Wilma Mankiller, the Inspiring First Woman Cherokee ChiefNovember 20, 2013
In 1993, AAUW gave our highest honor, the Achievement Award, to Wilma Mankiller. Mankiller, the first woman chief of the Cherokee Nation, was recognized for her contributions toward improving the lives of the Cherokee people.
Mankiller was born November 18, 1945, in Tahlequah, Oklahoma. Her family was moved to San Francisco as part of the U.S. Bureau of Indian Affairs’ program designed to relocate and urbanize Native Americans. This was quite a transition in her life, as she went from living without running water in rural Oklahoma to living in a major American city. In 1967, Mankiller participated in a protest with Native American activists who took over the vacant prison at Alcatraz Island. While in California, she also married, had two daughters, and began attending college classes, but eventually returned to her native Oklahoma.
In Oklahoma, Mankiller became involved with the government of the Cherokee Nation, beginning as director of community development. She rose through the ranks, and in 1983 she was chosen by Principal Chief Ross Swimmer to serve as deputy chief. When Swimmer left mid-term to head the Bureau of Indian Affairs in Washington, D.C., Mankiller took over as principal chief. She was the first woman ever to hold the position. She won the principal chief election in 1987 and was reelected for a second term in 1991 by a landslide margin of 85 percent. Her term ended in 1995.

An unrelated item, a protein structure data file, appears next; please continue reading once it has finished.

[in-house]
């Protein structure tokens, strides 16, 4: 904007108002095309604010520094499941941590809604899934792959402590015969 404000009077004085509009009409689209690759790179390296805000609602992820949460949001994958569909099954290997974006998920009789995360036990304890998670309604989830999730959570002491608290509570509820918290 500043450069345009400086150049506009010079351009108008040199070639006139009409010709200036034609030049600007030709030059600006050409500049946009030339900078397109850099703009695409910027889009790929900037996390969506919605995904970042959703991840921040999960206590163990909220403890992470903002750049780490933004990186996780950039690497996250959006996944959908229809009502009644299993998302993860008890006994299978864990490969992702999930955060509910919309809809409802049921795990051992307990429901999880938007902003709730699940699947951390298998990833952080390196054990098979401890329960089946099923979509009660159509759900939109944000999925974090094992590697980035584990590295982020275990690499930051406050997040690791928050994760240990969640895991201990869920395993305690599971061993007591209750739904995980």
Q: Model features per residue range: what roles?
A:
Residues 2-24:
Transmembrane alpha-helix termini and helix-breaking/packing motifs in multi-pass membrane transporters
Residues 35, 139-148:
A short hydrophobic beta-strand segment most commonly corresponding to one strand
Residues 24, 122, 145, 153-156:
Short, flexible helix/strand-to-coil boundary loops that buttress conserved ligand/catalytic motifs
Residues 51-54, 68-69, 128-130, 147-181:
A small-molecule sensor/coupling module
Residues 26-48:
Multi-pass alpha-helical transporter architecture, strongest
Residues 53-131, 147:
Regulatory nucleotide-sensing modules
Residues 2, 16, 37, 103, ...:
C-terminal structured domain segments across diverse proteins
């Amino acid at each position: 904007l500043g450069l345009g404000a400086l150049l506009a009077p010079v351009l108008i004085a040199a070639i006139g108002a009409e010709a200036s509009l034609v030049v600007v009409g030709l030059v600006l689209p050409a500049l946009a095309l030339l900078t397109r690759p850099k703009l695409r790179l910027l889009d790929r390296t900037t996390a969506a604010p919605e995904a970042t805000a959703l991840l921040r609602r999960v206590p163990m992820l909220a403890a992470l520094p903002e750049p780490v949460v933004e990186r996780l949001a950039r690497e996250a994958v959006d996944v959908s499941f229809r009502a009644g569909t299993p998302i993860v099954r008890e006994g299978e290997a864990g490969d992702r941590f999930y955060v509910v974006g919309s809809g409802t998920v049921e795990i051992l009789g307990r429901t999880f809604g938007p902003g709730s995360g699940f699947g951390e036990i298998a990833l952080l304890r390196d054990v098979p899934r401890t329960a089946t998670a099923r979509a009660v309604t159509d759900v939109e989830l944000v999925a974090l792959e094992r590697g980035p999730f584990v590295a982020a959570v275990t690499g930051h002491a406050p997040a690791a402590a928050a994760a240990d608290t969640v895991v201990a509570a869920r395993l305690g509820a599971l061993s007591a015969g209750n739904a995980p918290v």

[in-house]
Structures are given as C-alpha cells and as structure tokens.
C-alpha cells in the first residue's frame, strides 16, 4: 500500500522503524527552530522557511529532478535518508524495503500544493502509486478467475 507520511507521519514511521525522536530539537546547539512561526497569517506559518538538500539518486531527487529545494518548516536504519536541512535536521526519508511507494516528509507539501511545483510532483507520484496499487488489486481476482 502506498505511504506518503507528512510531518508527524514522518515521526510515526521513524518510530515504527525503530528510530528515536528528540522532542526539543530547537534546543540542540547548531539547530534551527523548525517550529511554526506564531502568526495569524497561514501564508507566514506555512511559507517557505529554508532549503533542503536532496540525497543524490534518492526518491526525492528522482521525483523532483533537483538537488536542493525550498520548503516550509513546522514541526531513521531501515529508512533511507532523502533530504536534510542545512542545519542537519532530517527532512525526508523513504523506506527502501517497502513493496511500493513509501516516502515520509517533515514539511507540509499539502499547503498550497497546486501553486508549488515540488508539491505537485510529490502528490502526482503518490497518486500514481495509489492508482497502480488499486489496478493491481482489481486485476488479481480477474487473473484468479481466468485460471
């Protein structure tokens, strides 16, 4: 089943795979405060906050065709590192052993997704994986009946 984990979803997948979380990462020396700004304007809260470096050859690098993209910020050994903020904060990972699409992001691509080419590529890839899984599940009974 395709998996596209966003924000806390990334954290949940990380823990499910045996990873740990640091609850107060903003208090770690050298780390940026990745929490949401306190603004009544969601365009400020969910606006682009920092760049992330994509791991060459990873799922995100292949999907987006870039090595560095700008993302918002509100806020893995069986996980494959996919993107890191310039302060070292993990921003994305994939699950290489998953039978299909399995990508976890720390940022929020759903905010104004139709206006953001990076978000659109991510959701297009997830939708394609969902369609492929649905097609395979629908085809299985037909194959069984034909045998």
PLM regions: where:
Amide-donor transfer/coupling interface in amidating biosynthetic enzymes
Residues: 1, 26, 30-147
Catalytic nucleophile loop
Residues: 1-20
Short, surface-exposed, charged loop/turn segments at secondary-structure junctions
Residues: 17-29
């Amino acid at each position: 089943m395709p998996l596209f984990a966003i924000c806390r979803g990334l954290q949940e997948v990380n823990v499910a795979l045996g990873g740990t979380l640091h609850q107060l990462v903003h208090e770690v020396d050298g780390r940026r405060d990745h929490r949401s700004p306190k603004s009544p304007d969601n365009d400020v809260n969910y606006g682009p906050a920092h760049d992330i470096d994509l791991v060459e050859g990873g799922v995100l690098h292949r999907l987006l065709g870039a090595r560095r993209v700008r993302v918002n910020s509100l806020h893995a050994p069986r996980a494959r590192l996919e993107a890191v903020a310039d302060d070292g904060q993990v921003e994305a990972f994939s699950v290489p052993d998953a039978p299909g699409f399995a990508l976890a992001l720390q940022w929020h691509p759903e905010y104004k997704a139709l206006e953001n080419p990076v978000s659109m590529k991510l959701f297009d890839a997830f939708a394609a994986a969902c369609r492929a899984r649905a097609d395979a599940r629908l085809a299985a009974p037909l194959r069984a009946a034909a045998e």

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During her tenure, Mankiller worked to improve the lives of the Cherokee people. She created a job center, increased the number of tribal health clinics, and brought jobs and businesses to the Cherokee jurisdiction. Summer programs for young people and adult literacy were added. At this point, Mankiller was visible on the national scene; then-President Bill Clinton appointed her to be an adviser to the federal government on tribal affairs. Later, Clinton would grant her the 1998 Presidential Medal of Freedom.
Mankiller was also named an AAUW Woman of Distinction at the 1990 National Conference for College Women Student Leaders. But awards aren’t her only connection with AAUW. The AAUW Tahlequah (OK) Branch and Susan Frusher received a 1991–92 Community Action Grant to establish a mentoring program for girls at Sequoyah High School, a boarding school for Native American children. Girls were matched with career mentors whom they then shadowed throughout the program. Mankiller assisted in the process of locating Cherokee mentors for the girls. Designed to bolster self-confidence and opportunities for Native American girls, the program was a success. In a letter found in AAUW’s archives, Mankiller expresses her thanks to AAUW for funding the successful mentoring project.
I am saddened to read of the many difficulties Wilma Mankiller faced throughout her life, including life-threatening illnesses, accidents, and opposition from the same Cherokee people who would come to adore her. But her ability to overcome these obstacles is inspirational to all. She passed away in 2010 after a battle with pancreatic cancer. In the spring 1993 issue of the AAUW Journal, Mankiller spoke about herself as a role model: “Suddenly you hear young Cherokee girls talking about becoming leaders. And in Cherokee families, [now] there is more encouragement of girls.” Mankiller might have been the first female chief of a major tribe, but she certainly was not the last.